I Am Persuaded that He is Able

My Story of Faith (Part 2)

Despite my changed heart, things were still tough at home throughout my teenage years.  I felt consoled in my heart about salvation and had hope for eternal life, but this did not impact behavior towards my parents. However, I started independently praying, reading my Bible, and paying more attention to preaching and Sunday school lessons at church.

One day a minister at our church preached a sermon and briefly talked about the unpardonable sin.  (See Matthew 12:22-32.) I felt almost sick, recalling how I had cursed God in the closet. I despaired and became convinced that I had ruined everything and was condemned to spend eternity in hell.  Still grieving my uncle’s death, I feared I would never see him again either.

I started looking up information about the unpardonable sin. This was long before google.  I searched church library books, a commentary in the library, and church documents in the back of the hymnal.  Unable to find any clear answers, I became convinced that my salvation had been lost forever.

Months went by in this guilt-ridden frame of mind. Finally, one day I nervously asked the minister if I could speak with him.  I needed to know once and for all if I was condemned forever.  I don’t remember too much about our conversation,  except for one thing he said:

“The very fact that you are so concerned demonstrates that the Holy Spirit is working in your life. If you had truly committed the unpardonable sin, you wouldn’t even care.”

This conversation was such a relief. My mind stopped spinning with guilt, and I was finally able to put it behind me.*

I know not how this saving faithTo me He did impart,Nor how believing in His WordWrought peace within my heart. (2)

From that point, I was fully committed as a Christian.  At age 16, I wanted to become a member of our church and participate in communion. But instead of following Christ, I became all about following the rules.

Almost immediately,  I focused on my own deeds and actions, instead of Christ the Savior. I was keen on emphasizing what I  (and others) were supposed to do or not do, but didn’t consider what Christ did on my behalf. Author Elyse Fitzpatrick calls this “spiritual amnesia”.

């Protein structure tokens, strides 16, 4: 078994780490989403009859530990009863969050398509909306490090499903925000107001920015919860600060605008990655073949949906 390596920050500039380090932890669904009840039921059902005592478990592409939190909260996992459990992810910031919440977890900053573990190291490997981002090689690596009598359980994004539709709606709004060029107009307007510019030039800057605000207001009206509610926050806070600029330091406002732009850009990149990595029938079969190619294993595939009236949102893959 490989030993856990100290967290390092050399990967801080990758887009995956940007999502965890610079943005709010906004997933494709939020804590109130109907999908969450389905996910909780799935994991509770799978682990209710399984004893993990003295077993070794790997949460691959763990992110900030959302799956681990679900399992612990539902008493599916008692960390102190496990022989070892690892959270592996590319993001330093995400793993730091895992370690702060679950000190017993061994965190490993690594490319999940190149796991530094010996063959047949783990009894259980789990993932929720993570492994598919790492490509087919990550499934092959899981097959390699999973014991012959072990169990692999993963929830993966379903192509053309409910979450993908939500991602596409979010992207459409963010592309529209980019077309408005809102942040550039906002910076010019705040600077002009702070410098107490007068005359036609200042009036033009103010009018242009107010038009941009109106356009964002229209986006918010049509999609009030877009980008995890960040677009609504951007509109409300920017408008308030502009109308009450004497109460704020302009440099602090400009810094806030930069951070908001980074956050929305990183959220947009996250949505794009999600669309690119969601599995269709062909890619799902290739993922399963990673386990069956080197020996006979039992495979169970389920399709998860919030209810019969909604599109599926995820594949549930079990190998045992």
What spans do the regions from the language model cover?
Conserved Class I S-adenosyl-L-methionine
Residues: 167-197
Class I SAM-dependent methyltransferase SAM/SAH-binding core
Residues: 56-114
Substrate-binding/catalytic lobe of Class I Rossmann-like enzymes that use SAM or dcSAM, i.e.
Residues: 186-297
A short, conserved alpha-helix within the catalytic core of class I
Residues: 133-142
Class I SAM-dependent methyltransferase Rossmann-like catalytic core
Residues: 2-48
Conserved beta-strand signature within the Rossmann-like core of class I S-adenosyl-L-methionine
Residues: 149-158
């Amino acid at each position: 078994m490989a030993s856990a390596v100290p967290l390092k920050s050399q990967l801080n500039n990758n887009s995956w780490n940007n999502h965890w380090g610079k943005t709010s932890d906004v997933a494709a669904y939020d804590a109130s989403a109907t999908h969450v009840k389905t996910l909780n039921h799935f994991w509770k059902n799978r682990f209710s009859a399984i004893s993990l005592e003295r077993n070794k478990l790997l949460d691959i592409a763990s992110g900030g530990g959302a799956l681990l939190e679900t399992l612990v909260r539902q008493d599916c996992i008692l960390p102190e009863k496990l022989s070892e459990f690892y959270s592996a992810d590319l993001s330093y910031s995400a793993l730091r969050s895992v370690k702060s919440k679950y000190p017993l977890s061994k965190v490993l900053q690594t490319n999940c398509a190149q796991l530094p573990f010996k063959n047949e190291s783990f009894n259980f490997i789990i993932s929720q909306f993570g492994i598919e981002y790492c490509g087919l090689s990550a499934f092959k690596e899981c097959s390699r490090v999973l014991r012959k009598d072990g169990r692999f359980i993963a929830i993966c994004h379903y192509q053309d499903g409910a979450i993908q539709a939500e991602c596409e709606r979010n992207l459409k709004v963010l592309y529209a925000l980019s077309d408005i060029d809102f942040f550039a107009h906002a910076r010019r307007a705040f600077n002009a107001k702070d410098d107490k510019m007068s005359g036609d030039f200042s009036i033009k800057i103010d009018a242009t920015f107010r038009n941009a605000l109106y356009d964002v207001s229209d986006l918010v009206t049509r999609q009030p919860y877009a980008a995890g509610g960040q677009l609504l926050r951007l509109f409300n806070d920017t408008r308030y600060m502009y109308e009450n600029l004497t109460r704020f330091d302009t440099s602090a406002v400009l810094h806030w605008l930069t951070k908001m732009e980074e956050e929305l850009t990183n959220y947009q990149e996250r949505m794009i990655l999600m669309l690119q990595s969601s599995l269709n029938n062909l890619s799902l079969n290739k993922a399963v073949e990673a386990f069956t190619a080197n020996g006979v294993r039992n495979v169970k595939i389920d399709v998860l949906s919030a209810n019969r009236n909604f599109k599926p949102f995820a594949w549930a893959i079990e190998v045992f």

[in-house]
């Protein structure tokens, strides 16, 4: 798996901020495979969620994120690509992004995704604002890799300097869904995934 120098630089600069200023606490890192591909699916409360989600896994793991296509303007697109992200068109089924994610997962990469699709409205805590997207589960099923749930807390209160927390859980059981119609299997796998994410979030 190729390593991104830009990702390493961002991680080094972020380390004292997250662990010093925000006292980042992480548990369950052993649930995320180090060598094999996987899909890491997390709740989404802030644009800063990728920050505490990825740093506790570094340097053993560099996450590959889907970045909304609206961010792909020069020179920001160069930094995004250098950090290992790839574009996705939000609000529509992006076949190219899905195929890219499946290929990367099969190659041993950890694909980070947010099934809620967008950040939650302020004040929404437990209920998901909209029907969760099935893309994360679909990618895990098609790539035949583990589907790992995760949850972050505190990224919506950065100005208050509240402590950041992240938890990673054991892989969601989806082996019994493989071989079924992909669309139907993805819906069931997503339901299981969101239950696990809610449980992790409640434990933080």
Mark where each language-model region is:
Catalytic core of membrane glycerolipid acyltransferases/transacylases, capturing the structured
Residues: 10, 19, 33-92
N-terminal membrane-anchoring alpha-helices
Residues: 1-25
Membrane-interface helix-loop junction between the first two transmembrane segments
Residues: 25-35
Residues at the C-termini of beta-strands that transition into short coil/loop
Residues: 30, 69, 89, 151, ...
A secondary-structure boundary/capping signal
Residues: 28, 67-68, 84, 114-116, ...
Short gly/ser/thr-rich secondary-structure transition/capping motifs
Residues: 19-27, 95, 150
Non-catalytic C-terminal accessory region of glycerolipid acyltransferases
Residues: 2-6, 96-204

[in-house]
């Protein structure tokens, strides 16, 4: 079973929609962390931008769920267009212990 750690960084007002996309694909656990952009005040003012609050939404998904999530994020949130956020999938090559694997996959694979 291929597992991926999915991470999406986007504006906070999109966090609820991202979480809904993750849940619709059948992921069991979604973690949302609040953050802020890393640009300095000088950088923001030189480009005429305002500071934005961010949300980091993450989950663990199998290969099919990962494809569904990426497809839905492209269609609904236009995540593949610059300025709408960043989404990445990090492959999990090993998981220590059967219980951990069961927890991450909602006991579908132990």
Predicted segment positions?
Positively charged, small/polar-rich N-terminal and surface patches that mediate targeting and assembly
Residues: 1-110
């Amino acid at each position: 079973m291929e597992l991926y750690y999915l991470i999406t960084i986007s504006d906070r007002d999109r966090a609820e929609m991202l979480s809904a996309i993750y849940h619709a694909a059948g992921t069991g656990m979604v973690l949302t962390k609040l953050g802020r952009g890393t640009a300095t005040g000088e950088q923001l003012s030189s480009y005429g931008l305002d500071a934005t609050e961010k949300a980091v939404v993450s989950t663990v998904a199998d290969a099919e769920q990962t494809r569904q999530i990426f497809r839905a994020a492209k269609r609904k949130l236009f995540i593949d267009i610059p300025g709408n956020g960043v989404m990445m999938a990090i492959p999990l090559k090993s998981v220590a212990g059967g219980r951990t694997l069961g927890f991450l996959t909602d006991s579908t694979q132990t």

Meanwhile at home, I was still doing battle with my parents. Somehow, the commandment about honoring your father and mother was one I chose to ignore.  I was blind to my own faults and often focused on the faults of others.

Ironically, I was known to be a trustworthy and responsible babysitter.  I was a decent student.  I participated in church groups and committees at a young age. Most people didn’t know how rude I was to my parents at home.  I also developed an addiction to candy and sneaking food.

Please don’t misunderstand. All the high school years were not completely awful and miserable.  I had a core group of good friends.  My mom tried to help me the best she could.  I have good memories, too. But my temper and the strife I caused in the family casts a dark shadow over those years.

Recalling these things is embarrassing.  Yet, there is a reason for doing so.

If God can forgive a sinful, cursing, and often angry young girl, he can forgive anyone.  Sure, maybe I was a “good girl”.  I didn’t drink, smoke, do drugs, or have sex.    Instead , I tried to show myself as someone who did everything right and legalistically followed all the rules,  while wreaking havoc at home.